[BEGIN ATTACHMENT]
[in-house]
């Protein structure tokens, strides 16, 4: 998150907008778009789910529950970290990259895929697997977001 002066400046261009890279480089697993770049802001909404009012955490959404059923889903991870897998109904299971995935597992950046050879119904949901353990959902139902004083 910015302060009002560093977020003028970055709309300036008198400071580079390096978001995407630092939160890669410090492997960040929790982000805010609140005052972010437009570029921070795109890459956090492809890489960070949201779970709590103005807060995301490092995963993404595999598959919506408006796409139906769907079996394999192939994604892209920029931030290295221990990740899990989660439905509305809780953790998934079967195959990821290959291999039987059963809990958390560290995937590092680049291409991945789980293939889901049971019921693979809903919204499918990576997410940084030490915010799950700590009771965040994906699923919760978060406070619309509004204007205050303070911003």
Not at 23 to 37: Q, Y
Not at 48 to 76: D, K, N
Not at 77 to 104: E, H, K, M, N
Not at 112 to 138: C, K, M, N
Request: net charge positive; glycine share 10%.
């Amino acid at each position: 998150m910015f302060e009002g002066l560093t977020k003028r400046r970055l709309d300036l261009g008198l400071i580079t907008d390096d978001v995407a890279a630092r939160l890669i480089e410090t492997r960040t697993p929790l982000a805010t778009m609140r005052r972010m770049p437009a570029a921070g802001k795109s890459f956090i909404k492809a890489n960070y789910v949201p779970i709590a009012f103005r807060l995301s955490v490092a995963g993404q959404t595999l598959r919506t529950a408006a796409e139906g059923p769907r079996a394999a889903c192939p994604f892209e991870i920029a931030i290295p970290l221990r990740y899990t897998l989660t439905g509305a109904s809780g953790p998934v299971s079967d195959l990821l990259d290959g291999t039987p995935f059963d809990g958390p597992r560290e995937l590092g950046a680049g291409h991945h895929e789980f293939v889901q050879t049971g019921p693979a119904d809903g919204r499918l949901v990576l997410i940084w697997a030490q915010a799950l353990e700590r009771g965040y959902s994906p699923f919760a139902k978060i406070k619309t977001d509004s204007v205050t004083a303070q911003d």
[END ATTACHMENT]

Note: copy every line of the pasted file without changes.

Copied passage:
[in-house]
């Protein structure tokens, strides 16, 4: 998150907008778009789910529950970290990259895929697997977001 002066400046261009890279480089697993770049802001909404009012955490959404059923889903991870897998109904299971995935597992950046050879119904949901353990959902139902004083 910015302060009002560093977020003028970055709309300036008198400071580079390096978001995407630092939160890669410090492997960040929790982000805010609140005052972010437009570029921070795109890459956090492809890489960070949201779970709590103005807060995301490092995963993404595999598959919506408006796409139906769907079996394999192939994604892209920029931030290295221990990740899990989660439905509305809780953790998934079967195959990821290959291999039987059963809990958390560290995937590092680049291409991945789980293939889901049971019921693979809903919204499918990576997410940084030490915010799950700590009771965040994906699923919760978060406070619309509004204007205050303070911003």
Not at 23 to 37: Q, Y
Not at 48 to 76: D, K, N
Not at 77 to 104: E, H, K, M, N
Not at 112 to 138: C, K, M, N
Request: net charge positive; glycine share 10%.
């Amino acid at each position: 998150m910015f302060e009002g002066l560093t977020k003028r400046r970055l709309d300036l261009g008198l400071i580079t907008d390096d978001v995407a890279a630092r939160l890669i480089e410090t492997r960040t697993p929790l982000a805010t778009m609140r005052r972010m770049p437009a570029a921070g802001k795109s890459f956090i909404k492809a890489n960070y789910v949201p779970i709590a009012f103005r807060l995301s955490v490092a995963g993404q959404t595999l598959r919506t529950a408006a796409e139906g059923p769907r079996a394999a889903c192939p994604f892209e991870i920029a931030i290295p970290l221990r990740y899990t897998l989660t439905g509305a109904s809780g953790p998934v299971s079967d195959l990821l990259d290959g291999t039987p995935f059963d809990g958390p597992r560290e995937l590092g950046a680049g291409h991945h895929e789980f293939v889901q050879t049971g019921p693979a119904d809903g919204r499918l949901v990576l997410i940084w697997a030490q915010a799950l353990e700590r009771g965040y959902s994906p699923f919760a139902k978060i406070k619309t977001d509004s204007v205050t004083a303070q911003d």